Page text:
Full Contact Fighter Database







Monday, Jun 20, 2011

Recognizing Rhadi

Rhadi Ferguson is an undefeated fighter, an Olympian and a man with a doctorate. So why can’t he get a fight?

By Joshua Molina

Rhadi Ferguson is a very smart man.  But that might be exactly why he’s having trouble finding fights.

Ferguson, a four-time national judo champion with a Black Belt in Brazilian Jiu Jitsu, and a doctorate in education from Capella University, is a fighter who knows what he’s worth.  And he’s not going to settle for anything less.

The 35-year-old resident of Boca Raton, Florida has not fought since Jan. 7 when he submitted John Richard in the second round of a Strikeforce Challengers fight in Nashville, TN. That’s because, according to Ferguson, Strikeforce wants to put him back on Challengers, MMA’s version of the minor leagues, where young fighters look to make a name for themselves before they are elevated to Strikeforce’s championship series.

Ferguson stated that Strikeforce has offered him a fight on a Challengers card for a guaranteed $4,500 payday.  That’s just not enough money, he said.

“My wife would put me on the street if I do that,” said Ferguson, who sports an MMA record of 3-0. “I just can’t see myself fighting on a Strikeforce Challengers card unless the pay is different. I got two kids, a wife, a couple of assets. I come to the table with a lot more intangibles and things that I believe organizations would love to have.”

Ferguson finds himself locked in a battle perhaps even bigger than any opponent he could ever face inside the cage.  As MMA’s popularity has soared, overshadowing boxing and pro wrestling on pay per view, most of the fighters, with the exception of a handful of marquee names, have struggled to establish power and parity in the sport.  Breaking through is tougher than ever.

The fighters are also finding fewer and fewer options to market and brand themselves since Zuffa, LLC, the parent company of the UFC, acquired Strikeforce in March and effectively eliminated any substantial competition.  In the blink of an eye, the athletes lost most of their ability to negotiate their values. Gaining leverage in a sport that is dominated by one promoter is a lofty challenge for nearly any fighter.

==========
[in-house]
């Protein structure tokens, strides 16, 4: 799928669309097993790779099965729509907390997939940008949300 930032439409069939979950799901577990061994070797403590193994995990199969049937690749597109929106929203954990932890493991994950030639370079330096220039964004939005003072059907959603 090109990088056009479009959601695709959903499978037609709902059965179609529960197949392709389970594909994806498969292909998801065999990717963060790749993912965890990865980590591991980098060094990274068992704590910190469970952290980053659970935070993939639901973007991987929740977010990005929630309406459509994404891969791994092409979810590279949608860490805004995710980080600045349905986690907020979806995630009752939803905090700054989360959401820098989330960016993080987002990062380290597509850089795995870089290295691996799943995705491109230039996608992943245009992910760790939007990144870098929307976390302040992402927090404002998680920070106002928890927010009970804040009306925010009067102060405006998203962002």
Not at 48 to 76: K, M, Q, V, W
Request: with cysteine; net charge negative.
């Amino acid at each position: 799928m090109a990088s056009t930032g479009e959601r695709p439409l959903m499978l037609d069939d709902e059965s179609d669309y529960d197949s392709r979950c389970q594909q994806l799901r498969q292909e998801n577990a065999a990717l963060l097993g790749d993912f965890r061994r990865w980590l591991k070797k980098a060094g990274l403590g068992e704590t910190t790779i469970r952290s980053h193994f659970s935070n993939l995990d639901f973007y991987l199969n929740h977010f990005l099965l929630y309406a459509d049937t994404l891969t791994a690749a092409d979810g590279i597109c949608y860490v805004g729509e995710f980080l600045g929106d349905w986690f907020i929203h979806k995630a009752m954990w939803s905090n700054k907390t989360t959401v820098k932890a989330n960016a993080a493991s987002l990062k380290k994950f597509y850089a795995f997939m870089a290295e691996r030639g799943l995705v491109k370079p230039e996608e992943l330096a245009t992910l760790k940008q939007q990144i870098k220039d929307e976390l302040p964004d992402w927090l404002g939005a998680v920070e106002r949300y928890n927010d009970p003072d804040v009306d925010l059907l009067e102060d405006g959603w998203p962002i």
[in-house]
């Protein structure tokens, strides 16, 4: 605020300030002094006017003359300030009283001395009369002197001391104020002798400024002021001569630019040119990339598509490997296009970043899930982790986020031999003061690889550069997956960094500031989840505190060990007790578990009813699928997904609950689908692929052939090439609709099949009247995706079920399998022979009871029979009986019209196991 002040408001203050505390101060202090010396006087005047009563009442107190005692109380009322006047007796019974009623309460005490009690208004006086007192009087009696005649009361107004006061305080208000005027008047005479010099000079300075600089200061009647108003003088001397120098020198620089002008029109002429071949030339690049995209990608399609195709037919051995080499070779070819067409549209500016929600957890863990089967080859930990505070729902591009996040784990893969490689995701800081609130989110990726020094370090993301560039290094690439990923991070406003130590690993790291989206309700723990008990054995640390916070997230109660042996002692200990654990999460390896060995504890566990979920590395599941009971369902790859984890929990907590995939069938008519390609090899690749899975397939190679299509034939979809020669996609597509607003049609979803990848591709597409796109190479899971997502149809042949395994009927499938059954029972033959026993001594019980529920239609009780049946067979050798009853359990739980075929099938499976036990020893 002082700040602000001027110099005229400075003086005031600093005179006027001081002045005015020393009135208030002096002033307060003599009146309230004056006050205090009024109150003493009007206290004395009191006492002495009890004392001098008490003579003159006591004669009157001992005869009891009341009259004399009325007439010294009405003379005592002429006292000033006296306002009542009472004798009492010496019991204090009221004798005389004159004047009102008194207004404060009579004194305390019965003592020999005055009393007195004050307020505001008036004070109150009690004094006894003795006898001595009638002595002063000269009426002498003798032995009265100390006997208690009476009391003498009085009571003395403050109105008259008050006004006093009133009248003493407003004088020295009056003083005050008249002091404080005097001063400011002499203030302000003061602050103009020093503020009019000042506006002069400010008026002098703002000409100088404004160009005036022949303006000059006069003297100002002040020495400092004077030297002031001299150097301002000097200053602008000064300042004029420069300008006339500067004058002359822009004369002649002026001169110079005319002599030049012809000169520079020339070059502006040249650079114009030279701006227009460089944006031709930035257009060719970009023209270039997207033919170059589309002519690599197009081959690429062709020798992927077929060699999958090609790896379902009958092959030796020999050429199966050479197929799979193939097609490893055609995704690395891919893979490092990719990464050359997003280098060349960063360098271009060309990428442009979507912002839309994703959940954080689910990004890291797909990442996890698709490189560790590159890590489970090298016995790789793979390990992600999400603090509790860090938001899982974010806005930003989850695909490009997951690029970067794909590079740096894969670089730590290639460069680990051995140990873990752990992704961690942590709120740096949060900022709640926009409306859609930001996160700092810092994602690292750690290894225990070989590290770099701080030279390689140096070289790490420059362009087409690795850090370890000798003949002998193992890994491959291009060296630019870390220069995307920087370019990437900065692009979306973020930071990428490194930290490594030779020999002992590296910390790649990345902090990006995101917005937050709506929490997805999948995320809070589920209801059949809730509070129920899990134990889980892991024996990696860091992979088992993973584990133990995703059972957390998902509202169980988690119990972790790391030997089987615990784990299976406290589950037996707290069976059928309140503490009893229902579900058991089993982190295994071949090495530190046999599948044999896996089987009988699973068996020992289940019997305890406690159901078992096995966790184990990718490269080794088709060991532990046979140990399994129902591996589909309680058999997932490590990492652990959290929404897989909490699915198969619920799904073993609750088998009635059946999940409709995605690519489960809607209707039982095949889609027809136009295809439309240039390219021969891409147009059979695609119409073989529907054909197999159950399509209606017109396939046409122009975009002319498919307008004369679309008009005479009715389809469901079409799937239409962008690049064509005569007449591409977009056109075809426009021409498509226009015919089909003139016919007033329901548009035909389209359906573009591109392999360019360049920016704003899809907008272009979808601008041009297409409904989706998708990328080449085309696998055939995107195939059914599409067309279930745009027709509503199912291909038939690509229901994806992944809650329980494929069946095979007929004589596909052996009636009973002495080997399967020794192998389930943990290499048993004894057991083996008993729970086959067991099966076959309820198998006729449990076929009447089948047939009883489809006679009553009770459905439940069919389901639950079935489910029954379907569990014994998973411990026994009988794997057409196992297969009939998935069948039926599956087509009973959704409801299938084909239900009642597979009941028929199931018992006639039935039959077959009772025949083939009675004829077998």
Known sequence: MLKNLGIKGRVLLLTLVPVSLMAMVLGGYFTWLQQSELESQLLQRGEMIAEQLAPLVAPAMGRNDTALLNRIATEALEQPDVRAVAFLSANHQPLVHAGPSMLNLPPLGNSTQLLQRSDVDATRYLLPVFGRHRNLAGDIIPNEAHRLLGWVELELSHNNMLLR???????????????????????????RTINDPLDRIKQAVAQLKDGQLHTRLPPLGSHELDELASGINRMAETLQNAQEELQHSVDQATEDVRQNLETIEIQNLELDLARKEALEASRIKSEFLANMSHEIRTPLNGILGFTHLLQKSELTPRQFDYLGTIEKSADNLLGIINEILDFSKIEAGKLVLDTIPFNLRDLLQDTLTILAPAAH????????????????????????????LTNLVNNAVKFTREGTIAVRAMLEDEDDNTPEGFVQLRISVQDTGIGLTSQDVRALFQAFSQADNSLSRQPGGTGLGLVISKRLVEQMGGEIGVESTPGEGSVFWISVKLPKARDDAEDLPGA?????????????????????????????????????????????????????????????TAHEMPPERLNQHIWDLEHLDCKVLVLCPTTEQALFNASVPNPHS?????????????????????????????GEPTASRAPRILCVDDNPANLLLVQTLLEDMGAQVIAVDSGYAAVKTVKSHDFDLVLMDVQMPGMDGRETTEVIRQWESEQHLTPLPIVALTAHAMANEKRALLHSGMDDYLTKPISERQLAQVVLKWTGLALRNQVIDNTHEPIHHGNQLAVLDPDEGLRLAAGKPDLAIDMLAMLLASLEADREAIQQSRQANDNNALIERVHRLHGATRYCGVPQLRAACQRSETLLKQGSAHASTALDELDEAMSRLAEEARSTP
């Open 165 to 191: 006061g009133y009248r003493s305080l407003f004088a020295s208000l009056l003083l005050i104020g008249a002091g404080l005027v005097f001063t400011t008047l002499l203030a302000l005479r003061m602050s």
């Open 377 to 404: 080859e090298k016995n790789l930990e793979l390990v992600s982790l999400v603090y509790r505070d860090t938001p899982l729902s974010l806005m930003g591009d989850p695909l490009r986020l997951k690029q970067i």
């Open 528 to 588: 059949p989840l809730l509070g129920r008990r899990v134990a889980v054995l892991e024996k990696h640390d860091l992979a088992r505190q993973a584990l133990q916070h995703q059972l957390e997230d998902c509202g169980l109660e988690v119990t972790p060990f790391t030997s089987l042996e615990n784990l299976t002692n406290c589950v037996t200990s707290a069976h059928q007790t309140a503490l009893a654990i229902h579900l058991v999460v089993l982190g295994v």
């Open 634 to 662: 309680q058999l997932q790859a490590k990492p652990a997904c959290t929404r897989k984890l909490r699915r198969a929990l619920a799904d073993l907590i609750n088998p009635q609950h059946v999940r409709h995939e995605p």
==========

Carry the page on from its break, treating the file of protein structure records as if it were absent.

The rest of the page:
Ferguson, who competed in the 2004 Summer Olympics in Athens, Greece, said Strikeforce brass tells him that he needs more experience before being brought up to the championship series.  But that’s a line that he doesn’t totally buy into.

When addressing this subject, he refers to Roger Gracie, who’s 4-0, but has fought on the big show.  Likewise, football legend Herschel Walker is 2-0 and has never fought on a Challengers show.  Gracie, of course, benefits from his last name and Walker’s status as a football legend and larger than life celebrity immediately earned him a spot on the Showtime televised portion of a Strikeforce championship series card in 2010.

“It depends on if they want to treat you like a Jon Jones,” he said.  “This game is not about being the best,” said Ferguson. “It is about who they decide to market and push. I was hoping I would be one of those people.”

Ferguson, an articulate man also has a mechanical engineering degree and a master’s degree in teaching from Howard University, said even without Strikeforce attempting to develop a compelling narrative for his fight image, that he’s still one of the organization’s most popular fighters.  With thousands of Facebook friends and Twitter followers, Ferguson believes he’s already mastered the art of self promotion.

“There’s not too many people who come to the MMA game with that type of marketing behind them,” Ferguson said. “Most of the stuff I have done, I have done without being on the television.”
With an authenticity behind him capable of reaching the African-American community, Ferguson believes he is capable of being a crossover star.  But the idea of fighting for small change doesn’t appeal to him.

At the recent Zuffa summit for Strikeforce fighters in Las Vegas, Ferguson said it was hard to stand out from the pack. He left feeling like there weren’t many options. He was, however, impressed with the professionalism of the UFC management.

“I don’t have anything negative to say about Zuffa or the Fertitta brothers,” Ferguson said. “With UFC you know exactly who’s in charge. It’s quality.”

He’s hopeful that someone will recognize his potential. With a strong fan following from his Alumni Associations, Ferguson said there’s a lot of marketing potential behind him.

“There are so many things that could be done,” he said.Whatever happens, Ferguson accepts his fate and his role the MMA landscape.

“I don’t know what the future is, but I don’t’ have anything negative to say about UFC or Strikeforce,” Ferguson said. “I haven’t been treated badly. I am nothing more than a fighter. I am talented. I thought I would be on the main card after my first fight. If that’s not in the cards, I understand.”

posted by FCF Staff @ 3:49 pm
Have a comment about this story? Please share with us by filling out the fields below.

One response to “Recognizing Rhadi”